A group of black community leaders visited John Hopkins Middle School in St. Petersburg on Friday, saying they wanted to offer whatever help they could to a school that's been rocked by student discipline problems.
"I believe with the community interested in this problem, we can tackle this situation successfully," said Ray Tampa, president of the St. Petersburg chapter of the NAACP.
Superintendent Julie Janssen attended the brief meeting, along with deputy superintendent Jim Madden and principal Claud Effiom.
Unless things change, Janssen said, "the long term effect is this is going to devastate this campus," she said. "There is significant damage control that we have to do."
Janssen a handful of other top district officials later met with Effiom. She said the district was putting together a plan to help Hopkins, with further details coming next week. She also said she will meet with Hopkins teachers next week.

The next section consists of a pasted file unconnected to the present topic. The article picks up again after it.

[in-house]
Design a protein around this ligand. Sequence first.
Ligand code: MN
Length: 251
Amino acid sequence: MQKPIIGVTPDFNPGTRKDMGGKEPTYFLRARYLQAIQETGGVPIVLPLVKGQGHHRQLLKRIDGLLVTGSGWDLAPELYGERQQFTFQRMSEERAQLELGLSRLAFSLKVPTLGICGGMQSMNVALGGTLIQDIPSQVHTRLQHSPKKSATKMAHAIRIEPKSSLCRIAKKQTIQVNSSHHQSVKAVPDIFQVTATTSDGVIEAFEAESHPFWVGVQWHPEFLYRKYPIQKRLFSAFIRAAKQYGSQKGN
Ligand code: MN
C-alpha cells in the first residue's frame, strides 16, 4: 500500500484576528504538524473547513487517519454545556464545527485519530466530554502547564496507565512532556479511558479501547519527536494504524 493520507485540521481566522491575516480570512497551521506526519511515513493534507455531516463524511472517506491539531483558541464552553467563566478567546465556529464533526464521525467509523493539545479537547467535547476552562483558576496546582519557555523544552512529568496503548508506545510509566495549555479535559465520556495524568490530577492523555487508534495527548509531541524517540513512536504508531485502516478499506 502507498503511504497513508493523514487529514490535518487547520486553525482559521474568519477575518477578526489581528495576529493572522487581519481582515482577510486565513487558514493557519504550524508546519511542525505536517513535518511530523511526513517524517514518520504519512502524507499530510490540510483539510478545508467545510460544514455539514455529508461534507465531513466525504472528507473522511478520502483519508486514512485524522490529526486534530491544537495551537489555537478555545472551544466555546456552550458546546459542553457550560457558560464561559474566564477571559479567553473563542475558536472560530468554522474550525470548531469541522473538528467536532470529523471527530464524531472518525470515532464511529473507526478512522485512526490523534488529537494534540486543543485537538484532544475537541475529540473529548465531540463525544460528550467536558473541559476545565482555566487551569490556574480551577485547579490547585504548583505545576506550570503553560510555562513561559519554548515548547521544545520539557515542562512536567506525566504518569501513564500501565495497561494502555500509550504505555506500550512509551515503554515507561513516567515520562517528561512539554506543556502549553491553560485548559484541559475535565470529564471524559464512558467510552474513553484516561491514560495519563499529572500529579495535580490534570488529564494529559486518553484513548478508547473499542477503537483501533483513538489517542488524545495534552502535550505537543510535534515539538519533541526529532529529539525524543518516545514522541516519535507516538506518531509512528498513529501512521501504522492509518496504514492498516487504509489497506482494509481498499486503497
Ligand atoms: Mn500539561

Hopkins houses three magnet programs, has earned B grades from the state six years in a row and has been a model for voluntary integration efforts in Pinellas. But discipline problems have flared in recent years, including more than 60 student arrests this year. Effiom told the community leaders that the school averages 50 to 60 referrals a day.
"Oh my God," some of them murmured.
Effiom said there is no doubt changes must be made, but they need to be thoughtful. The Pinellas school board ordered Janssen this week to immediately come up with ways to more quickly remove chronically disruptive students from Hopkins and other schools.
Some people "want to tear it down and re-build it in a day," he said. But "those of us who work with these issues know it doesn't happen overnight."
Ron Matus can be reached at email@example.com or (727) 893-8873.